The EP study began with stimulation from the HRA; programmed electrical stimulation with single extrastimuli revealed concentric and decremental ventricular activation with no jump or signs of dual AV nodal physiology. Retrograde pacing from the RV catheter was then performed, revealing concentric and decremental atrial activation, and a retrograde jump at 600-310 msec. Burst pacing from the ventricle was performed, and while pacing at 400 msec, a long RP tachycardia was induced. The tachycardia had an AH of 150 msec, HV of 59 msec, VA of 212, and tachycardia cycle length of 415 msec (Figure 5). Retrograde activation was noted to be concentric with earliest atrial activation at the His catheter. (Proximal electrode pair of the CS catheter was noted to be well within the coronary sinus, and did not give a good representation of timing at the ostium.) If positioned close to the ostium, the CS catheter could sometimes appear earlier than the His. His synchronous PVC was delivered, revealing no advancement of the subsequent VA time. The failure of the PVC to advance the following atrial signal was not definitive proof of the absence of an accessory pathway.5 Next, entrainment was performed from the ventricle. Burst pacing at 400 msec from the RV catheter showed entrainment of the atrium, and yielded a VAV response. This finding confirmed an AV reentrant mechanism and excluded atrial tachycardia as a mechanism.6 Tachycardia was terminated with ventricular burst pacing at 300 msec. A final test of Para-Hisian pacing was performed to determine if there was presence of a septal accessory pathway. Para-Hisian pacing yielded an increase of S-A (stim to A) time of 60 msec, which confirmed the lack of a septal accessory pathway.7 With these pacing maneuvers complete, we were comfortable with the diagnosis of AVNRT, and the specific mechanism being fast/slow atypical AVNRT. Referring back to the measurements during tachycardia, AH of 150 msec would tell us the antegrade limb is the fast pathway. Also of note, we were never able to show any evidence of antegrade slow pathway conduction, on or off isoproterenol infusion. The VA interval of 212 msec during tachycardia would suggest the retrograde limb is a slow AV nodal pathway. Attempts at re-induction demonstrated the arrhythmia was easily inducible with ventricular burst pacing at or around 400 msec. At this point, conscious sedation (midazolam and fentanyl) was given for patient comfort.
Isoproterenol infusion was administered, at 1-2 mcg/min, and AV nodal conduction properties were re-evaluated. On isoproterenol, antegrade AV nodal conduction still revealed no jump or sign of dual AV nodal physiology. A long RP tachycardia was easily induced with programmed electrical stimulation from the HRA catheter. The induced arrhythmia had the same activation sequence and response to pacing maneuvers as the arrhythmia induced off isoproterenol, just a slightly shorter CL of 405 msec. Ventricular stimulation showed the same easily inducible long RP tachycardia, both with burst pacing and single extrastimuli pacing. It was decided to continue with slow pathway ablation for this fast/slow atypical AVNRT, and isoproterenol was discontinued.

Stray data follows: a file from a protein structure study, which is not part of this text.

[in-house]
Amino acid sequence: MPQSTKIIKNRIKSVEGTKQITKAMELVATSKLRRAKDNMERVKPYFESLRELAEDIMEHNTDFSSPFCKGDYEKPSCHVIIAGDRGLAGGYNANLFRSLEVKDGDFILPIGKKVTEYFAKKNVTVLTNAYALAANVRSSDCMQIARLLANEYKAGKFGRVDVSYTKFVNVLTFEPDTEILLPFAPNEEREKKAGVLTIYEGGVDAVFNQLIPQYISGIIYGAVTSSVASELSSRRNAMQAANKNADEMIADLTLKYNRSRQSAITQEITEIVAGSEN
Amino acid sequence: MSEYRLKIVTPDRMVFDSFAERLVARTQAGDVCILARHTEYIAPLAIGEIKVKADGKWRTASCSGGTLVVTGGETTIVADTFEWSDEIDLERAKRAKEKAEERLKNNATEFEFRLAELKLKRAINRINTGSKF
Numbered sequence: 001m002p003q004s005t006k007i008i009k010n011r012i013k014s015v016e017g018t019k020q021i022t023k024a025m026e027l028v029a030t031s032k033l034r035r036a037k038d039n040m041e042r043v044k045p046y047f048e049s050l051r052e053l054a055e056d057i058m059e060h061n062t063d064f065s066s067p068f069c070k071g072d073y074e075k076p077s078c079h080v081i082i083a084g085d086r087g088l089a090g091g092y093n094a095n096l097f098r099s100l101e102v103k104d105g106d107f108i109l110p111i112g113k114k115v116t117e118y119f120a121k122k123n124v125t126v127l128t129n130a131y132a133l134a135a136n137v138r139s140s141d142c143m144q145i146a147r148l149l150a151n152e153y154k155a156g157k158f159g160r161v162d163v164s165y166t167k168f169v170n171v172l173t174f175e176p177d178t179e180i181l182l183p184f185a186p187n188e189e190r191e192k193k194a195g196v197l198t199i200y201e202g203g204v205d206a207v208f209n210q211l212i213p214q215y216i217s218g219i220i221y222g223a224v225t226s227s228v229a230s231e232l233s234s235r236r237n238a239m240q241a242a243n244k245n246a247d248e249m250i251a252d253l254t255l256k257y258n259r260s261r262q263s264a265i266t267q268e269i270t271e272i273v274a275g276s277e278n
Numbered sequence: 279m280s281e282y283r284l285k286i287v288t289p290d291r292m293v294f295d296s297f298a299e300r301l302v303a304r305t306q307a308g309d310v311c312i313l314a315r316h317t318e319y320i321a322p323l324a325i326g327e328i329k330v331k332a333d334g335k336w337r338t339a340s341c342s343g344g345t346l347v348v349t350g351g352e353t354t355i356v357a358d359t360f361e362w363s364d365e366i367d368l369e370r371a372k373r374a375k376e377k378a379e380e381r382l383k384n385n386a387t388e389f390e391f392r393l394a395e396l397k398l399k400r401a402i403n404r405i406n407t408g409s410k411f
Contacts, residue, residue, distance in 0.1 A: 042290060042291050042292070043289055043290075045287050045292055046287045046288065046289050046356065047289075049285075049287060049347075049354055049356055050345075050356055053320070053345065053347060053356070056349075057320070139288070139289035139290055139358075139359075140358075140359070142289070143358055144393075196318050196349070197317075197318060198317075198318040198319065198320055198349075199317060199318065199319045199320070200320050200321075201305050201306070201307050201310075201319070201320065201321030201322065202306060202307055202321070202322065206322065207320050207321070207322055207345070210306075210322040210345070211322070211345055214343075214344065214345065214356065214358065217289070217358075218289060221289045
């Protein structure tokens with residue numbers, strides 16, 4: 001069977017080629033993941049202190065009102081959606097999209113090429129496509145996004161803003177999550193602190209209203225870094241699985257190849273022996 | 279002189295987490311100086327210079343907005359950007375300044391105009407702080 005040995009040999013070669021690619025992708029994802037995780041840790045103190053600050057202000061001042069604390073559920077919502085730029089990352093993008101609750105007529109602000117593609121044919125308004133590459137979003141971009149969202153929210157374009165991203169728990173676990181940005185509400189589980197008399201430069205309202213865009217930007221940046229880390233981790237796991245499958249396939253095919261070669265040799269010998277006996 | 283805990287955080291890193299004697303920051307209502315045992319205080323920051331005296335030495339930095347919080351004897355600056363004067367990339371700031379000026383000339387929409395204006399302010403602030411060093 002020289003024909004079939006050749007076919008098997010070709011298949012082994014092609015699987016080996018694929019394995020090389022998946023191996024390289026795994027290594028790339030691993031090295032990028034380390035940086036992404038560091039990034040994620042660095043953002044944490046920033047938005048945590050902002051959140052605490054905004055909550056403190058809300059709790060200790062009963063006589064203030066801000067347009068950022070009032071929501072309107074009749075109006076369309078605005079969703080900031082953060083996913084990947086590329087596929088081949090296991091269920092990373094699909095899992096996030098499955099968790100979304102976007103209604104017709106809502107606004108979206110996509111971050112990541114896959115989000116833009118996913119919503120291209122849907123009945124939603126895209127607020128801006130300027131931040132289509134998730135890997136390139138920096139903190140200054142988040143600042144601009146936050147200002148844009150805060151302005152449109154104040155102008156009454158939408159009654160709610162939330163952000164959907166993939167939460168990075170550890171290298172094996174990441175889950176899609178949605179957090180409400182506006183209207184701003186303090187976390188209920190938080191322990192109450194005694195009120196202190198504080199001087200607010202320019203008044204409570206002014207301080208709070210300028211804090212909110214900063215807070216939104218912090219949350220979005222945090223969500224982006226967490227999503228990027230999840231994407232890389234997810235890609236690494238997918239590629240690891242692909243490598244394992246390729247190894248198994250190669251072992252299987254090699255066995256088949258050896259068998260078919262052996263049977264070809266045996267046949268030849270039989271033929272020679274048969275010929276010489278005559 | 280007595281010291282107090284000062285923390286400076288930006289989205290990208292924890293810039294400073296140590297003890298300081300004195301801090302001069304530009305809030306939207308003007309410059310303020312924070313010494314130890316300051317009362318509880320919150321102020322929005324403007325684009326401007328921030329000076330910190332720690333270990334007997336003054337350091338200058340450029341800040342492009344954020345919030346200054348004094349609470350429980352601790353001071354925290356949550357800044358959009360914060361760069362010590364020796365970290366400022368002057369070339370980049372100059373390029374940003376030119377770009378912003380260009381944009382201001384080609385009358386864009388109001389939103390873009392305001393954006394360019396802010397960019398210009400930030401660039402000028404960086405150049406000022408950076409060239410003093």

Three-dimensional mapping was utilized during tachycardia using the EnSite Precision mapping system (Abbott), and a localized activation map was created of the retrograde atrial activation.   Retrograde slow pathway activation was shown to be earliest just anterior to the lip of the coronary sinus. It should be noted that the earliest retrograde activation site should not be the primary criteria for targeting RF applications, but a more traditional anatomic slow pathway location should be utilized.2 Signals at this location were noted to have a good A-V relationship for slow pathway ablation, with no presence of a His bundle signal (Figure 6). Radiofrequency (RF) therapy was administered at this location using a Safire 7 Fr 4 mm tip medium curve ablation catheter (Abbott) for 60 seconds at 50 watts, with a programmed maximum temperature of 55 degrees. The 55 degrees was achieved with approximately 30W of energy delivery, and impedance was monitored throughout the ablation. Junctional ectopy was achieved with this RF application, and an impedance drop of 8 ohms was noted. Two bonus lesions were given at the successful site, with eventual cessation of junctional ectopy.
Post-ablation AV nodal conduction and possible presence of the retrograde slow AV nodal pathway were assessed, revealing no changes in antegrade AV nodal conduction and no signs of the retrograde slow pathway. A 30-minute wait period was observed from the time of the last lesion given. Isoproterenol infusion was re-initiated at 2 mcg/min, and the patient was once again evaluated for retrograde slow pathway conduction or induction of tachycardia, with no signs of either.
When the patient came back for follow-up, she was enjoying her life again, with no recurrent symptoms of PSVT.

Disclosures: The authors have no conflicts of interest to report regarding the content herein.